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The Ozone Hole 1993

The Ozone Hole 1993

 

Ozone Hole Area

Minimum Ozone

(million km2) (DU)
Maximum Daily Minimum Daily
Year Date Value Date Value
1993 19 September  25.8  25 September 104

http://ozonewatch.gsfc.nasa.gov

The Ozone Hole 1993

 

The Ozone Hole 1993

The Ozone Hole 1993

 

Meteor 3/total ozone mapping spectrometer observations of the 1993 ozone hole

 

During late September and early October the region of extremely low ozone values was centered on the geographical pole between 85°S and 90°S. The geographical extent of the ozone hole region, the area within the 220-DU contour, reached a maximum during the first week in October at a near-circular area covering 24 × 106 km2 reaching to the southern tip of South America. This approximately matched the 1992 area record. After the maximum area was reached in early October, the 1993 ozone hole region was significantly larger than during 1992 throughout the remainder of the month of October. The very low ozone values over the Antarctic continent have been confirmed by independent ground-based data. Unlike 1992, the formation of the 1993 Antarctic ozone hole does not coincide with unusually low ozone values observed over most of the globe for the past 2 years. The most recent ozone data from Meteor 3/TOMS show that there has been a recovery at all latitudes from the extraordinarily low values observed during 1992 and part of 1993 after the June 1991 eruption of Mount Pinatubo. Meteor 3/TOMS is described and compared with Nimbus 7/TOMS during the 1991 to May 1993 overlap period. Observations of the 1992 ozone hole are presented from both instruments and are shown to agree within 5 DU.

J. R. Herman NASA Goddard Space Flight Center, Greenbelt, Maryland

P. A. Newman NASA Goddard Space Flight Center, Greenbelt, Maryland

R. McPeters NASA Goddard Space Flight Center, Greenbelt, Maryland

A. J. Krueger NASA Goddard Space Flight Center, Greenbelt, Maryland

P. K. Bhartia NASA Goddard Space Flight Center, Greenbelt, Maryland

C. J. Seftor NASA Goddard Space Flight Center, Greenbelt, Maryland

O. Torres NASA Goddard Space Flight Center, Greenbelt, Maryland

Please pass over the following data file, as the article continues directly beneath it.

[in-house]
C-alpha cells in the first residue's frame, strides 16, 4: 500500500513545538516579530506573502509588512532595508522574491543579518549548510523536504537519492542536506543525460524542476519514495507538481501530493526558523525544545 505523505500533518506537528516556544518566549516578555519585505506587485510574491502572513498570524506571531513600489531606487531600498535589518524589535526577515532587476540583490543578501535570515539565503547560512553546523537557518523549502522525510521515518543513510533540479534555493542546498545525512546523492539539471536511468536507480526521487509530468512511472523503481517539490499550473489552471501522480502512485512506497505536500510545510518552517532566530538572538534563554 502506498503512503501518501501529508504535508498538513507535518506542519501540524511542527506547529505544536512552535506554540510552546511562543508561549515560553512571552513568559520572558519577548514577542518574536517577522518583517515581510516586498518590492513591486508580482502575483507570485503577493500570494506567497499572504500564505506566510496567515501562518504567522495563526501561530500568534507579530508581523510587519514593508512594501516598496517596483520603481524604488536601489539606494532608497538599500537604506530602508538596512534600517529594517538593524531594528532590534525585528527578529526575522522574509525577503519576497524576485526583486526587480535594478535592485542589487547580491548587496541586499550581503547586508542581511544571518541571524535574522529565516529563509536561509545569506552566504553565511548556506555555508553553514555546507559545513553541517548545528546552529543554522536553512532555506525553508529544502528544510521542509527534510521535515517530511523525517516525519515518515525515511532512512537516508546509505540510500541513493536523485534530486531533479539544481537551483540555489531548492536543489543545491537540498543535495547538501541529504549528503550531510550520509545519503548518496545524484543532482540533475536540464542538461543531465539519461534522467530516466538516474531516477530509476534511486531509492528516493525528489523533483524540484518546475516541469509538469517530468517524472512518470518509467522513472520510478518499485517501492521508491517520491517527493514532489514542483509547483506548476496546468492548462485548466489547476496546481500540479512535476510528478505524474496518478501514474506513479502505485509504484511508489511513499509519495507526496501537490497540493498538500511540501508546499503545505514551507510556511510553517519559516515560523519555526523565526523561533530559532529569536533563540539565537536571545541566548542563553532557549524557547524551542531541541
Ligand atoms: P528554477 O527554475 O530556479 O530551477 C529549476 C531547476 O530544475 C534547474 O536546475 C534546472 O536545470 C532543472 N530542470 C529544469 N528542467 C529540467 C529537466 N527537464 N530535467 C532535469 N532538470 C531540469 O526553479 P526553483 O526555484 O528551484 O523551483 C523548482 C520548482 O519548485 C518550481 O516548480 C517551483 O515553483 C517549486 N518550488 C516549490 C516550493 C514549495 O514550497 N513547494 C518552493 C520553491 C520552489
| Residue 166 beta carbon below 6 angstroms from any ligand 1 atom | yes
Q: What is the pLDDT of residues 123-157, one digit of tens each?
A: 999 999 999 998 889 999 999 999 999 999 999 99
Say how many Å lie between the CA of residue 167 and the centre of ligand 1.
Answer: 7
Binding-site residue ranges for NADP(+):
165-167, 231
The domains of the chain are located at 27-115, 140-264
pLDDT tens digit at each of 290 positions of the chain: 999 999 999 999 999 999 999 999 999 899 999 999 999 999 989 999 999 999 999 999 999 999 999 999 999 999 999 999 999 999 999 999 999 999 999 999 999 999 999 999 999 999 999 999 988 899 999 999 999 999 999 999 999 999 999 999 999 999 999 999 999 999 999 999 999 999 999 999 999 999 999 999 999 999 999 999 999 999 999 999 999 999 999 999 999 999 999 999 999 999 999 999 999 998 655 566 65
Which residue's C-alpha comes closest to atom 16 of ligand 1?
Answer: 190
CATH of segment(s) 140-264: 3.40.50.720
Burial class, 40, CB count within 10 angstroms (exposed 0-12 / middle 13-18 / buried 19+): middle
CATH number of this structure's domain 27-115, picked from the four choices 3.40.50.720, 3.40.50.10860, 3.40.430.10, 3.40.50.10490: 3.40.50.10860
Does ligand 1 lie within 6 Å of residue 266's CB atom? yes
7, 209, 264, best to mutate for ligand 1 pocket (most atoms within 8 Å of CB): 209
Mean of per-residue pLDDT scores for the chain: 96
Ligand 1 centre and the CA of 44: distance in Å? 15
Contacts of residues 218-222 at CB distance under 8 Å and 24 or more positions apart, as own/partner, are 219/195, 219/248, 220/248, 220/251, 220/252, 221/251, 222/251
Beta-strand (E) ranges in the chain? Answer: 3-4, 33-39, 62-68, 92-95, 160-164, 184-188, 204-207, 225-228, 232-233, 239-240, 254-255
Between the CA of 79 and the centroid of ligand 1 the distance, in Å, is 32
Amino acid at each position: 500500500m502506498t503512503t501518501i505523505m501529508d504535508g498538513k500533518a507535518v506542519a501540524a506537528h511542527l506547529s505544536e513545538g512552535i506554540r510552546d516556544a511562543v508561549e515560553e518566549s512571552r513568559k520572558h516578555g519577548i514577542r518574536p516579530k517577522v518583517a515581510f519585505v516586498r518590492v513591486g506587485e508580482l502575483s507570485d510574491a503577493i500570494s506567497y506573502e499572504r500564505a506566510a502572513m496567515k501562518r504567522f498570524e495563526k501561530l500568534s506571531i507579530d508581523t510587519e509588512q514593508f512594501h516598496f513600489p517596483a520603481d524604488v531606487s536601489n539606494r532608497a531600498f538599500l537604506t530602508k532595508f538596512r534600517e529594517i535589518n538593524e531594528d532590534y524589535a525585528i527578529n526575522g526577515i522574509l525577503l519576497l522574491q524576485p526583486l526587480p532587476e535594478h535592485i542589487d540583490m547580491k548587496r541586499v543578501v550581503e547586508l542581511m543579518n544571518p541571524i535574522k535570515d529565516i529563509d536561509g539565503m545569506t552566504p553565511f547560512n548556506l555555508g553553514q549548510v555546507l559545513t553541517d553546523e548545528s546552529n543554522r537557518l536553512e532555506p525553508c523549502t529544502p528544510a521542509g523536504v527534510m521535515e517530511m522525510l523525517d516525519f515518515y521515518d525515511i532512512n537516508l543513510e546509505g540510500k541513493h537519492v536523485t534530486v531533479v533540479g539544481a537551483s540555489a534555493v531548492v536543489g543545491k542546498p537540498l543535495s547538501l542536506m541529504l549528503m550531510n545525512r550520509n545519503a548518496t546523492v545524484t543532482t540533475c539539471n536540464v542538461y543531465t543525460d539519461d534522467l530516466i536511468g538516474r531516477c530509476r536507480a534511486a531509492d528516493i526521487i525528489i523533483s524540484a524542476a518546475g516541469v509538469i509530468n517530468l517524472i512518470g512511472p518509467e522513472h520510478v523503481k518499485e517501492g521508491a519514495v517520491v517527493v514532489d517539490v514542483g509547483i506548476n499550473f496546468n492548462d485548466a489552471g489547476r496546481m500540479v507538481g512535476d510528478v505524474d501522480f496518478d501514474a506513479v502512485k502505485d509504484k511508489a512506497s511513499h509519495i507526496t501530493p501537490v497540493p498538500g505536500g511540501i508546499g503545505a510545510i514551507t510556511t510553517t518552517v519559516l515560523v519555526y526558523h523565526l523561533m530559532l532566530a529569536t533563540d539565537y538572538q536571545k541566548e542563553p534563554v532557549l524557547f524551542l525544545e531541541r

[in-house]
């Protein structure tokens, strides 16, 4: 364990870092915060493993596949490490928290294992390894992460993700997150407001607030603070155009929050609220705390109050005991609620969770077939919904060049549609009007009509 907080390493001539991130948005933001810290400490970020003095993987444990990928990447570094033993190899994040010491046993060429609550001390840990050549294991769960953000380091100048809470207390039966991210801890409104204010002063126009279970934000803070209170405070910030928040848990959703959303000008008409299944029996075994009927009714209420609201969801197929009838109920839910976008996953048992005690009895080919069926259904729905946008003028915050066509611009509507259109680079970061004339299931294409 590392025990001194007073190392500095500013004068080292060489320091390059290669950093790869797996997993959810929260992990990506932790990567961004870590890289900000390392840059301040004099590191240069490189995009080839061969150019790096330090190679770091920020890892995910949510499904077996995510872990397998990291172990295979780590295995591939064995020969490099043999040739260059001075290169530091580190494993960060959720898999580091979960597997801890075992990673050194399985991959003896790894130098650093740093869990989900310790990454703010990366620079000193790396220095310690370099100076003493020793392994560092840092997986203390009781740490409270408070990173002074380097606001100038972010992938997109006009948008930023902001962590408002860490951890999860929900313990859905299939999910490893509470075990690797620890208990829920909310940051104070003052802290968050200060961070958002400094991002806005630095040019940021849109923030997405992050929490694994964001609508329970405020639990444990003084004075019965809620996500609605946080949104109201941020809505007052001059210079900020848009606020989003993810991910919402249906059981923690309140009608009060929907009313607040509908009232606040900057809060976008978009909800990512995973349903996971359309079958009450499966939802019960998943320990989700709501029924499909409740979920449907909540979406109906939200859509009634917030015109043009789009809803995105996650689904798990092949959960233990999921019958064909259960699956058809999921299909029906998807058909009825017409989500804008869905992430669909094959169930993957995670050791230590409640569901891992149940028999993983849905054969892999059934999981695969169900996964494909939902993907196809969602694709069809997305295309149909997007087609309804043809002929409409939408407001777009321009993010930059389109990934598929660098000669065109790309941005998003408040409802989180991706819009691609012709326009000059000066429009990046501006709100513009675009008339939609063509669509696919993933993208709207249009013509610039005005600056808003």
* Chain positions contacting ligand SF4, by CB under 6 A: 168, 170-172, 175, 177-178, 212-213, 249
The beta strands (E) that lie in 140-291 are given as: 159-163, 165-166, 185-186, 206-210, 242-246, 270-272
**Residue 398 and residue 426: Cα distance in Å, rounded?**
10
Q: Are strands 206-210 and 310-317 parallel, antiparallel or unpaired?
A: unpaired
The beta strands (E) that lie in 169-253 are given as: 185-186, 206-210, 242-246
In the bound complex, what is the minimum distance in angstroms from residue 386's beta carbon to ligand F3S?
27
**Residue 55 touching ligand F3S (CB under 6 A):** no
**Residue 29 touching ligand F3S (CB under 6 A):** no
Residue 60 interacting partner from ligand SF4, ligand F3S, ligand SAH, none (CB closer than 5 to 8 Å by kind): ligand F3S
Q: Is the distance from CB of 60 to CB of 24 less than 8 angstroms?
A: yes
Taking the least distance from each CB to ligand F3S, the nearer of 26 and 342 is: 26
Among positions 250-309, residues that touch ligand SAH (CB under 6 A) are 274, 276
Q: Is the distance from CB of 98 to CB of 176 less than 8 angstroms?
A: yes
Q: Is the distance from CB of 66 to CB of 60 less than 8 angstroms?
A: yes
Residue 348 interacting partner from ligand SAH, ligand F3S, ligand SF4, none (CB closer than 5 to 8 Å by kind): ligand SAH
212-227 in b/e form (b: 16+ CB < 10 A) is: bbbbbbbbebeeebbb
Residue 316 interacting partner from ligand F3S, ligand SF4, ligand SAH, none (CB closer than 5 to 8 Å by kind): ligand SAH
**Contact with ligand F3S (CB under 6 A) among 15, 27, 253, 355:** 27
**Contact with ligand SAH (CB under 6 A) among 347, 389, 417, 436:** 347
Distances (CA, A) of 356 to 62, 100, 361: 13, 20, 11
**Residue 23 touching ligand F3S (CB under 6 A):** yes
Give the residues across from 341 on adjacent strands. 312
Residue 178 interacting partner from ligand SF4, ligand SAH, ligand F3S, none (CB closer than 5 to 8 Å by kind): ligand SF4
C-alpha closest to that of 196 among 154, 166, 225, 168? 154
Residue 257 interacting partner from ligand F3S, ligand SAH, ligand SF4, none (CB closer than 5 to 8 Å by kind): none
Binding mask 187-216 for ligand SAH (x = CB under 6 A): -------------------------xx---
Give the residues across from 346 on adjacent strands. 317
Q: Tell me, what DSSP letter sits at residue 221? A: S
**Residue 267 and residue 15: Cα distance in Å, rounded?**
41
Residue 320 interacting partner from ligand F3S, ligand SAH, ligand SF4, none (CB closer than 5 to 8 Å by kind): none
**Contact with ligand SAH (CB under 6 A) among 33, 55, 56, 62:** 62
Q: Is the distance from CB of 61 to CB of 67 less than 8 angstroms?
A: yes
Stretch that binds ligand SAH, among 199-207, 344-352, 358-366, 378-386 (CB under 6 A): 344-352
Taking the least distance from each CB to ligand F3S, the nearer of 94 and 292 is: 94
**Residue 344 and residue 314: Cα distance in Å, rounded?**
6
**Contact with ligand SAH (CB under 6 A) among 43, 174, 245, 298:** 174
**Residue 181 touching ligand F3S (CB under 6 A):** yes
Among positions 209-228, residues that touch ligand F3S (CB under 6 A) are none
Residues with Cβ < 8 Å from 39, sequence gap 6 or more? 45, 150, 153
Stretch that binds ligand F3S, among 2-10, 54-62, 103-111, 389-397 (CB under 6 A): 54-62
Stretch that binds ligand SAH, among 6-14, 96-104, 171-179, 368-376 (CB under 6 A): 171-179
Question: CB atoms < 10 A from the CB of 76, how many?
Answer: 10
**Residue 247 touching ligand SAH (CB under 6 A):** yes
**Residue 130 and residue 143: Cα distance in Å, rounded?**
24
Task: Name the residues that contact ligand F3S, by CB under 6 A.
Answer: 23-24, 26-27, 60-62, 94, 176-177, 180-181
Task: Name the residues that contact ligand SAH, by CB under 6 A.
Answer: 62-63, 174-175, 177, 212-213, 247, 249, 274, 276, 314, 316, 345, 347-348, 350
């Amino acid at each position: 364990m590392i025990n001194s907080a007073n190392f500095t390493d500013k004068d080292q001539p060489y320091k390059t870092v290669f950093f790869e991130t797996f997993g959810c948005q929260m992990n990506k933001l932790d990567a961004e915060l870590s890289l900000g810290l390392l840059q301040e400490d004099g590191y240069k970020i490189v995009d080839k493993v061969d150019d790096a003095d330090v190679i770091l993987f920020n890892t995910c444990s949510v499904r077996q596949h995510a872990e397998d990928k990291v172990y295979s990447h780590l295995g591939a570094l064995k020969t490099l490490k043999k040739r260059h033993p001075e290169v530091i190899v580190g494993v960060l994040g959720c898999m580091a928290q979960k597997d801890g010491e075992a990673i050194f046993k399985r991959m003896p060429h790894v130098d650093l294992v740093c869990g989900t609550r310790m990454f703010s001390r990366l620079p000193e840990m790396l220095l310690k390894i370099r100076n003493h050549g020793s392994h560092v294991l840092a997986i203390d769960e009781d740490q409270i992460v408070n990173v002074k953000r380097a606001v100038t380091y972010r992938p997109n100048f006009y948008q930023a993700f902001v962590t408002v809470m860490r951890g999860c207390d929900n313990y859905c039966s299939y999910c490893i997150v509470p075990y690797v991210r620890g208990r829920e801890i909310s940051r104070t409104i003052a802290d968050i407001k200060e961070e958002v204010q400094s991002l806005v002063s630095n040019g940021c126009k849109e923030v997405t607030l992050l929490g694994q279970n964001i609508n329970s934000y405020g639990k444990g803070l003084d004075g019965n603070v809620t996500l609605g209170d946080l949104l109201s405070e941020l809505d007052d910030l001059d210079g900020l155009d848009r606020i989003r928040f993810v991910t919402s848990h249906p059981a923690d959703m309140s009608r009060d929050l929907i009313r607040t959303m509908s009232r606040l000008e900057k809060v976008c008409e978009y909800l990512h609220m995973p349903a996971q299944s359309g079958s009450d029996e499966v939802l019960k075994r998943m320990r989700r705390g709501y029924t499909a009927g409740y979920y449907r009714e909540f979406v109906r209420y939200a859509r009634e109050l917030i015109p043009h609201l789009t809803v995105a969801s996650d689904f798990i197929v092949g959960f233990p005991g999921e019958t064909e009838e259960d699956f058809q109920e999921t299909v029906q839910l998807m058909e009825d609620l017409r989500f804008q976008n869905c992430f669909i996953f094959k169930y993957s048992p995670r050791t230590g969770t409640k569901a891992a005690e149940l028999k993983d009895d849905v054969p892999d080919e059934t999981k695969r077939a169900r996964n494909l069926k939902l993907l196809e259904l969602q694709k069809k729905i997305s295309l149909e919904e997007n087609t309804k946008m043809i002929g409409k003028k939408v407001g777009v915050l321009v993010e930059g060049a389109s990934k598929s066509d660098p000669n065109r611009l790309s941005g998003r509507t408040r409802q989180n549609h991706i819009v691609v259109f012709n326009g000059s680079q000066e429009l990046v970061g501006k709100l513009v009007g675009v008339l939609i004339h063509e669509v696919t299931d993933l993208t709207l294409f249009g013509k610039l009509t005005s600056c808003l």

G. Jaross NASA Goddard Space Flight Center, Greenbelt, Maryland

R. P. Cebula NASA Goddard Space Flight Center, Greenbelt, Maryland

D. Larko NASA Goddard Space Flight Center, Greenbelt, Maryland

C. Wellemeyer NASA Goddard Space Flight Center, Greenbelt, Maryland

 

British Antarctic Survey summary 1993-Preliminary ozone values from the British Antarctic Survey Faraday station (65 south, 64 west on the coast of the Antarctic Peninsula) show running average ozone values dropping from around 280 DU at the begining of September to around 200 DU at the month's end. There is considerable day to day variation. Data from our long term record for the station indicate normal values of around 330 DU for this period (with a range of 280 DU to 380 DU). This year's mean September ozone value is 245 DU, giving a reduction of about 25%. The minimum September daily mean value of 142 DU on September 28th is the lowest ever recorded at Faraday (next lowest 145 DU in 1992).

Preliminary ozone values from the British Antarctic Survey Halley station (76 south, 26 west on the Brunt ice shelf) show mean ozone values dropping from around 210 DU in early September to around 110 DU in early October. Data from our long term record for the station indicate normal values of around 300 DU for this period (with a range of 260 DU to 340 DU). This year's mean September ozone value of 159 DU is the second lowest recorded at Halley (lowest 146 DU in 1992), giving a reduction of around 35%. The minimum September daily mean value of 108 DU on September 30 is the lowest recorded at Halley (next lowest 111 DU in 1992). Ozone levels in early October are the lowest ever recorded with depletion exceeding two thirds.

This year's Antarctic ozone hole (1993) is the deepest ever. Scientists of the British Antarctic Survey (BAS) at Halley Research Station in Antarctica have recorded their lowest ever value of ozone, showing that over two-thirds of the protective ozone shield has been destroyed. Less than one- third remains intact, and the depletion phase may not be over for some days yet. BAS scientists at Faraday Research Station, normally near the edge of the ozone hole, have also measured record low values of ozone for their station.

The Antarctic ozone hole is an annual phenomenon which has occurred in every (southern hemisphere) spring since the late 1970s. It is caused by the chemical action of chlorine and bromine released from man-made chlorofluorocarbons (CFCs) and halons. Thanks to the international Montreal Protocol, the annual production of these substances is now less than before, but the total amount in the atmosphere continues to rise, dashing hopes of an early recovery for the ozone layer. The CFCs are not expected to reach their maximum concentration in the atmosphere until around the turn of the century, so the Antarctic ozone hole may continue to worsen until then.

BAS scientists have been measuring ozone in Antarctica on a daily basis since 1957. There was no ozone hole at all until the late 1970s. The Antarctic ozone layer is not expected to return to normal until the 2070s.